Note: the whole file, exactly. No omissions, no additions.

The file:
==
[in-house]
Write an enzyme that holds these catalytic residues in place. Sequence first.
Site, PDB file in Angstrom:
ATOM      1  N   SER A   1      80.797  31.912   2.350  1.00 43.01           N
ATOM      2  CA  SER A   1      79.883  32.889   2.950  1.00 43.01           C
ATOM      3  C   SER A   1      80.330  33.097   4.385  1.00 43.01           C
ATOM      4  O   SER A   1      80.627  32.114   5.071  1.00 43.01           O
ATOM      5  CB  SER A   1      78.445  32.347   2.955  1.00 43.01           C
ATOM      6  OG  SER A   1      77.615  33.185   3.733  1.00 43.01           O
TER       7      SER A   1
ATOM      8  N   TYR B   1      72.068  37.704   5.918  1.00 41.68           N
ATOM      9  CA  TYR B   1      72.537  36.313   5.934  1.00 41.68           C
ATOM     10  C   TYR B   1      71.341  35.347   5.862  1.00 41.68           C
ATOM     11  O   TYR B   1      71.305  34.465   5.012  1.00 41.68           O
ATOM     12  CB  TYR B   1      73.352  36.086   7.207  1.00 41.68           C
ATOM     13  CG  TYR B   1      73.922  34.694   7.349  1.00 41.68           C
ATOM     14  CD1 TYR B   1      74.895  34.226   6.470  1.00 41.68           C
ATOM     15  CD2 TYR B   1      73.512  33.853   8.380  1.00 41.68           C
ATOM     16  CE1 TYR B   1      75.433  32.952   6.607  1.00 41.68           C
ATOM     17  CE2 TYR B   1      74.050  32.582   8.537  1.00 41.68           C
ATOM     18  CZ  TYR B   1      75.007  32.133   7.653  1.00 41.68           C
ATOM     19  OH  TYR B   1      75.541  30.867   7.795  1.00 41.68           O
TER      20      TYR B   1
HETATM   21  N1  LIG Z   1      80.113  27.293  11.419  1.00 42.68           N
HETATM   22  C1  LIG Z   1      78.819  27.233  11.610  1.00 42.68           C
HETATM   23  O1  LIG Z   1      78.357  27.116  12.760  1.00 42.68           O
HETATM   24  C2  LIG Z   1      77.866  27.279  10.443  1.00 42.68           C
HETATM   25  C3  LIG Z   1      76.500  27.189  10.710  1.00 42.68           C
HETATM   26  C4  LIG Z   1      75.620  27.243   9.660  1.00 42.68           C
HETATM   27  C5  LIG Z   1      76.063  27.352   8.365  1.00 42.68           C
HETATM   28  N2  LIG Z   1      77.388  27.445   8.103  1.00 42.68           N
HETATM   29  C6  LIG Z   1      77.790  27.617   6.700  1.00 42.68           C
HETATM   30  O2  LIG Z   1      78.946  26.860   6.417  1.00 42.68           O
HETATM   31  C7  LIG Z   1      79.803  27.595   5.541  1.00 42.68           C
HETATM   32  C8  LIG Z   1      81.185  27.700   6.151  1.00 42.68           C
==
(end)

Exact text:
[in-house]
Write an enzyme that holds these catalytic residues in place. Sequence first.
Site, PDB file in Angstrom:
ATOM      1  N   SER A   1      80.797  31.912   2.350  1.00 43.01           N
ATOM      2  CA  SER A   1      79.883  32.889   2.950  1.00 43.01           C
ATOM      3  C   SER A   1      80.330  33.097   4.385  1.00 43.01           C
ATOM      4  O   SER A   1      80.627  32.114   5.071  1.00 43.01           O
ATOM      5  CB  SER A   1      78.445  32.347   2.955  1.00 43.01           C
ATOM      6  OG  SER A   1      77.615  33.185   3.733  1.00 43.01           O
TER       7      SER A   1
ATOM      8  N   TYR B   1      72.068  37.704   5.918  1.00 41.68           N
ATOM      9  CA  TYR B   1      72.537  36.313   5.934  1.00 41.68           C
ATOM     10  C   TYR B   1      71.341  35.347   5.862  1.00 41.68           C
ATOM     11  O   TYR B   1      71.305  34.465   5.012  1.00 41.68           O
ATOM     12  CB  TYR B   1      73.352  36.086   7.207  1.00 41.68           C
ATOM     13  CG  TYR B   1      73.922  34.694   7.349  1.00 41.68           C
ATOM     14  CD1 TYR B   1      74.895  34.226   6.470  1.00 41.68           C
ATOM     15  CD2 TYR B   1      73.512  33.853   8.380  1.00 41.68           C
ATOM     16  CE1 TYR B   1      75.433  32.952   6.607  1.00 41.68           C
ATOM     17  CE2 TYR B   1      74.050  32.582   8.537  1.00 41.68           C
ATOM     18  CZ  TYR B   1      75.007  32.133   7.653  1.00 41.68           C
ATOM     19  OH  TYR B   1      75.541  30.867   7.795  1.00 41.68           O
TER      20      TYR B   1
HETATM   21  N1  LIG Z   1      80.113  27.293  11.419  1.00 42.68           N
HETATM   22  C1  LIG Z   1      78.819  27.233  11.610  1.00 42.68           C
HETATM   23  O1  LIG Z   1      78.357  27.116  12.760  1.00 42.68           O
HETATM   24  C2  LIG Z   1      77.866  27.279  10.443  1.00 42.68           C
HETATM   25  C3  LIG Z   1      76.500  27.189  10.710  1.00 42.68           C
HETATM   26  C4  LIG Z   1      75.620  27.243   9.660  1.00 42.68           C
HETATM   27  C5  LIG Z   1      76.063  27.352   8.365  1.00 42.68           C
HETATM   28  N2  LIG Z   1      77.388  27.445   8.103  1.00 42.68           N
HETATM   29  C6  LIG Z   1      77.790  27.617   6.700  1.00 42.68           C
HETATM   30  O2  LIG Z   1      78.946  26.860   6.417  1.00 42.68           O
HETATM   31  C7  LIG Z   1      79.803  27.595   5.541  1.00 42.68           C
HETATM   32  C8  LIG Z   1      81.185  27.700   6.151  1.00 42.68           C